Just Passing Through
by Catherine Atkins Greenspan
TWO SISTERS WRITING AND PUBLISHING-@2SistersWriting
You probably have a whole book’s worth of stories about how people have been misled or mistaken about your multiracial identity, because they made assumptions about your appearance.
Well that happens for me every day. And I’m acutely aware of it when I’m situations where I know that people with darker skin might be scrutinized more harshly in ways that result in racial profiling.
One of the most dramatic examples for me happens down here in southern New Mexico, when Homeland Security SUVs appear suddenly from behind sagebrush and piñon pine on the remote roads while gigantic, imposing Checkpoint Charlies bring traffic on the main roads to a halt.
Drivers have to slow to a crawl as every vehicle approaches the forty or so cameras (seriously) before the actual stop-and-get-questioned. The whole vehicle gets sniffed if a Homeland K-9 is on duty.
Each time I approach, I am flooded with emotions about the reality of my white-looking appearance, knowing this experience would be different if my chromosomes had paired up differently.
At the gate, an always-extremely-serious Homeland agent awaits. I can see through his (it’s always a man) Foster Grants that he has sized up my car, its contents, and most importantly, me, the driver, and he has essentially checked out.
I know this is very serious and I am refraining from making any kind of joke, but when he says the perfunctory, non-question-question, “US citizen?” I might as well be driving through a California agricultural checkpoint inside the borders of that state. (If you’ve never had that experience, you basically get waved through unless you’re driving a semi-truck broadcasting your contents as Chiquita Bananas.) In fact, I think the occasional questioning, “Do you have any fresh fruit?” is probably a little more intense.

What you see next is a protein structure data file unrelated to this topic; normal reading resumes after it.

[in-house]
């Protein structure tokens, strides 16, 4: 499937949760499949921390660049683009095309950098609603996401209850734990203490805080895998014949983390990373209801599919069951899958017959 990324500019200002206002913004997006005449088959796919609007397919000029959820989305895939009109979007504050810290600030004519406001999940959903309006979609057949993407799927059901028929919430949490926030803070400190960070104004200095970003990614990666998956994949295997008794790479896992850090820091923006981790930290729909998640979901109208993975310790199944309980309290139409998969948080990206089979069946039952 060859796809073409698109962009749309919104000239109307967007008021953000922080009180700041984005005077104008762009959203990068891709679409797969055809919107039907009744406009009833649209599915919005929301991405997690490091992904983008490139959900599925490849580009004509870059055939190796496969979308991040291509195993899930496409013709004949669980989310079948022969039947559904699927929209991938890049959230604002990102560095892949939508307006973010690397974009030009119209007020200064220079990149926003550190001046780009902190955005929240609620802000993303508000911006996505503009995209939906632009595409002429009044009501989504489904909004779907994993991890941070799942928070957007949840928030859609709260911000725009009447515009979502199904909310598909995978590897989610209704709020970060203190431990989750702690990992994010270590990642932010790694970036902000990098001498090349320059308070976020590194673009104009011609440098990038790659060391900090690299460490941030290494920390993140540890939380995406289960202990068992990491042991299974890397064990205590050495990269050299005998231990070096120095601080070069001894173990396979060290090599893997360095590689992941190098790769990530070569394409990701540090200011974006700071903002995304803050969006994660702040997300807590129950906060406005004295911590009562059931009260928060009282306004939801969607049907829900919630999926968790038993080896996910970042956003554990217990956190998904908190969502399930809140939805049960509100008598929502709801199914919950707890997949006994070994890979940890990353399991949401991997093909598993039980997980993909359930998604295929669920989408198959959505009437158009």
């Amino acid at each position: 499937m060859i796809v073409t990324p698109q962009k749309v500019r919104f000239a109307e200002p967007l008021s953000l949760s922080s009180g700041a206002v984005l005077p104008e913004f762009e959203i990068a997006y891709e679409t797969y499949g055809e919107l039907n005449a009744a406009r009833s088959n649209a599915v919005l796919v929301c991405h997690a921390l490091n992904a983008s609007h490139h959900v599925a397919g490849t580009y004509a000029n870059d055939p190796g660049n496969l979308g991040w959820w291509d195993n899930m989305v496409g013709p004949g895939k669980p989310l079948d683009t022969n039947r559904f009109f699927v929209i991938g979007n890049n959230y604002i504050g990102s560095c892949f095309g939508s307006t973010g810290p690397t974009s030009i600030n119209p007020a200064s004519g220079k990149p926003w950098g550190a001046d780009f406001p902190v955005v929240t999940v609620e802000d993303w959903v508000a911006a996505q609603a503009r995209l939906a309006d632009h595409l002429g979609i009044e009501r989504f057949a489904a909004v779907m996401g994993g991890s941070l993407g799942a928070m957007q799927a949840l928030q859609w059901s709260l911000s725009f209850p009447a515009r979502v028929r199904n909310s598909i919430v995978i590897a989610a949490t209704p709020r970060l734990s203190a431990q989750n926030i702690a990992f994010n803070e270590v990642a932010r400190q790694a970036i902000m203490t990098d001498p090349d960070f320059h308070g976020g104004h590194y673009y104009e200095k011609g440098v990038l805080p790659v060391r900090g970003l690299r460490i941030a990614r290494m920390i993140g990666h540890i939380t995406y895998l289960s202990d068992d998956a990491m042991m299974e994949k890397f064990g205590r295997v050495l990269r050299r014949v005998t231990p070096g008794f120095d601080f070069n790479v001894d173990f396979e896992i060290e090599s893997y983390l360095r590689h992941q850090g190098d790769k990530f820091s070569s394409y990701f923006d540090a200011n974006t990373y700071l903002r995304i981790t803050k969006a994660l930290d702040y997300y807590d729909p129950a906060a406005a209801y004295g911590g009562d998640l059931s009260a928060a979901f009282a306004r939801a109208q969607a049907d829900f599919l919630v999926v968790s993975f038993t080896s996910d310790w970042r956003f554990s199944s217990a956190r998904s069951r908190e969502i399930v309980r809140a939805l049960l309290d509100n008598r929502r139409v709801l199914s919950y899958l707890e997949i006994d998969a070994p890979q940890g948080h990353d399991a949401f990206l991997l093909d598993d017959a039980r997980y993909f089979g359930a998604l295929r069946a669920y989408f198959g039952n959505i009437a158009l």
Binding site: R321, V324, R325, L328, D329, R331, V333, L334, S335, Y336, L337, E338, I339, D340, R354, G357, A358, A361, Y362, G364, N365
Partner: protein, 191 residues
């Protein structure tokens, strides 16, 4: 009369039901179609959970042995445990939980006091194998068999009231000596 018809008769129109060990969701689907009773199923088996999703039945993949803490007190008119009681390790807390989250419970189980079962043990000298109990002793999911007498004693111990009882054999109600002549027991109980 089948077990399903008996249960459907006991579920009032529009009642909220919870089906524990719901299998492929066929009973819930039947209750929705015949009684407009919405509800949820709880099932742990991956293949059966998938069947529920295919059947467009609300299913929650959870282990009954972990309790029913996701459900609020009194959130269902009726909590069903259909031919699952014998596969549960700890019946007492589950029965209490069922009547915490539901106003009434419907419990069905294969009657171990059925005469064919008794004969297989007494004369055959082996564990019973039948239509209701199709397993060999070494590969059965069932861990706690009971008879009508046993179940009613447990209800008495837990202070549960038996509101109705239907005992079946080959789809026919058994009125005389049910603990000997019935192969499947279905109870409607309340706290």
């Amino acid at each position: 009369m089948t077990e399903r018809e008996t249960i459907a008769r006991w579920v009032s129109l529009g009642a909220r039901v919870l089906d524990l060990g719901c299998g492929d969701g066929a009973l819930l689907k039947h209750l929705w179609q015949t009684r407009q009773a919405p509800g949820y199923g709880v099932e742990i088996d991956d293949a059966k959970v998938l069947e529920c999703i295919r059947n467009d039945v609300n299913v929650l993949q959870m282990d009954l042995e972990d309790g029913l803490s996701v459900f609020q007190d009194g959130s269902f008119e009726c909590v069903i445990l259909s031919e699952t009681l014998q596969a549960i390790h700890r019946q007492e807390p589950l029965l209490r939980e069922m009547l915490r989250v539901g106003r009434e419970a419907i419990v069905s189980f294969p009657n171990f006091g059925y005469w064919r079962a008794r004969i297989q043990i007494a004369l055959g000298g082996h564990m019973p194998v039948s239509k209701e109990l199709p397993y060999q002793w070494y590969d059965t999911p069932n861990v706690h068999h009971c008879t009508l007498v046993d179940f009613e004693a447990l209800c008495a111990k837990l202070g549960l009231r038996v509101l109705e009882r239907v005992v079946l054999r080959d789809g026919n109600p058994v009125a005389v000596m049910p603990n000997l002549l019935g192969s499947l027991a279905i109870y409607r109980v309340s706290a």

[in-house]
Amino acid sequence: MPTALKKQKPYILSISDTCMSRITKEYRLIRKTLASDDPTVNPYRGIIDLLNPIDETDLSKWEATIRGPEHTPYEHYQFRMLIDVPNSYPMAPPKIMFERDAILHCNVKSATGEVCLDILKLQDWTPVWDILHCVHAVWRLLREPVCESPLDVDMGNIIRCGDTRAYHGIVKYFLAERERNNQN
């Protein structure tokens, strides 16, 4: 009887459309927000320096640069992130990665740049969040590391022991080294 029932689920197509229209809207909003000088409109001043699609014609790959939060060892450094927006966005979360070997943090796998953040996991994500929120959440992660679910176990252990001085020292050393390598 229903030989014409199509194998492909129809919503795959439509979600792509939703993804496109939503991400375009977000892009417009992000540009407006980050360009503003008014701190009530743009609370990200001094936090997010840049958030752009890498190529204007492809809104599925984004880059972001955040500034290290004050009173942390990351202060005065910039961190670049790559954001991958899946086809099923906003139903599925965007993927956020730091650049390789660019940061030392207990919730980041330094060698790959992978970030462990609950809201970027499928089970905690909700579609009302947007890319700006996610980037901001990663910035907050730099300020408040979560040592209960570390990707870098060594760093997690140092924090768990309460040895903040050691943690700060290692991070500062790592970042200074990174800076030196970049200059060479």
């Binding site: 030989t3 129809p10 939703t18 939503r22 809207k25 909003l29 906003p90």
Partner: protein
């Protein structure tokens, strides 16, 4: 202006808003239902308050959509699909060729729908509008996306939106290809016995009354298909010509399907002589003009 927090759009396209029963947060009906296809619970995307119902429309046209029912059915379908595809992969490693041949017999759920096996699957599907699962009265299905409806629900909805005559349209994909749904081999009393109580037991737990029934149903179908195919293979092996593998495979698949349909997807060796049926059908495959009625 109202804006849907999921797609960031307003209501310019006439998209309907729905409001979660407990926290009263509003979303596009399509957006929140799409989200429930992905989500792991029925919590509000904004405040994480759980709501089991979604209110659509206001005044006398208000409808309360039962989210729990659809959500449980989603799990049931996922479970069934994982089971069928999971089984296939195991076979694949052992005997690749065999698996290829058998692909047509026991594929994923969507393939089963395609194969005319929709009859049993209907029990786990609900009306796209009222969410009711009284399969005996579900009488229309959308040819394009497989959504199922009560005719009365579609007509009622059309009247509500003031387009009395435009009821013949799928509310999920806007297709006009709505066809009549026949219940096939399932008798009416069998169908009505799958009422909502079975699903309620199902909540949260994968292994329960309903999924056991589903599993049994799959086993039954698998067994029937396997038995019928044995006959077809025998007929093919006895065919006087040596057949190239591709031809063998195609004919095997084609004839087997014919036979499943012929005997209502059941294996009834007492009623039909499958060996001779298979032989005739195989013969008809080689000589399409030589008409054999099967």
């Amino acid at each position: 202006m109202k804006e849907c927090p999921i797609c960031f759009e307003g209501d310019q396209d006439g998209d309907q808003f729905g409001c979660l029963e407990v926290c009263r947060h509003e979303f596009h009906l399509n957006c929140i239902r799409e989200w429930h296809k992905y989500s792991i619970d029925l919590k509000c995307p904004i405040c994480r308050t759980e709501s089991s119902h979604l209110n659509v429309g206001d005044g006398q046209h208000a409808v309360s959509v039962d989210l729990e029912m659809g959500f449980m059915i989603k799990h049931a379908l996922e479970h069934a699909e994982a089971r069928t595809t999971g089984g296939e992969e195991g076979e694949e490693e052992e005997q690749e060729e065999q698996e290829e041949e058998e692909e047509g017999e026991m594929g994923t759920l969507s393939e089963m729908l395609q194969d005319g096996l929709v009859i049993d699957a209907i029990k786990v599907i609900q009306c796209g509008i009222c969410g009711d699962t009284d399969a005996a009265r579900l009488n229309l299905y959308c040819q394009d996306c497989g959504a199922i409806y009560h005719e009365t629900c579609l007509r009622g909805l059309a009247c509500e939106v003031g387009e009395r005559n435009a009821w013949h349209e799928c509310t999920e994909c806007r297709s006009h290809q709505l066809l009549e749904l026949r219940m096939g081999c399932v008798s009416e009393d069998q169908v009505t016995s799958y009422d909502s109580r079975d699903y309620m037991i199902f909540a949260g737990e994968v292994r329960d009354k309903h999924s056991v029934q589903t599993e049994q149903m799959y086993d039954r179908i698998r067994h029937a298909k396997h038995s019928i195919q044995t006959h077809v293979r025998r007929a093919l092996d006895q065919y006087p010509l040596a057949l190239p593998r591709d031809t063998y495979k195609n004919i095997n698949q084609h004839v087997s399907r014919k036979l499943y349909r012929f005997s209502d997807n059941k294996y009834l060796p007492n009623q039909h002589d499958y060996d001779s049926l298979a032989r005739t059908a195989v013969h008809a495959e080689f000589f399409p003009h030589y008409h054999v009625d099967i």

I wonder if someone is more likely to guess that I have fresh fruit on my person or in my car than the fact that I’m biracial.
As I accelerate away from the checkpoint, I feel a bit of relief and regret at the fact that I have been mis-judged, yet again, by the color my skin.
Again, another example of hiding in plain sight.
My whole life in a crowd of white people, there’s been an assumption that I am like everybody, right down to the Homeland agent.
I’ll never forget the first time someone in New York City spoke Spanish to my mother. We were surrounded by Spanish speakers, so they’d assumed that her non-white skin translated to como nosotros.
This is why I strongly believe we multiracial people should tell our stories! We see the world through different sets of eyes, so blog, journal, write a book, make a movie, record a podcast! We want to hear your thoughts and feelings, and how you coped or used your experiences as teachable moments for others.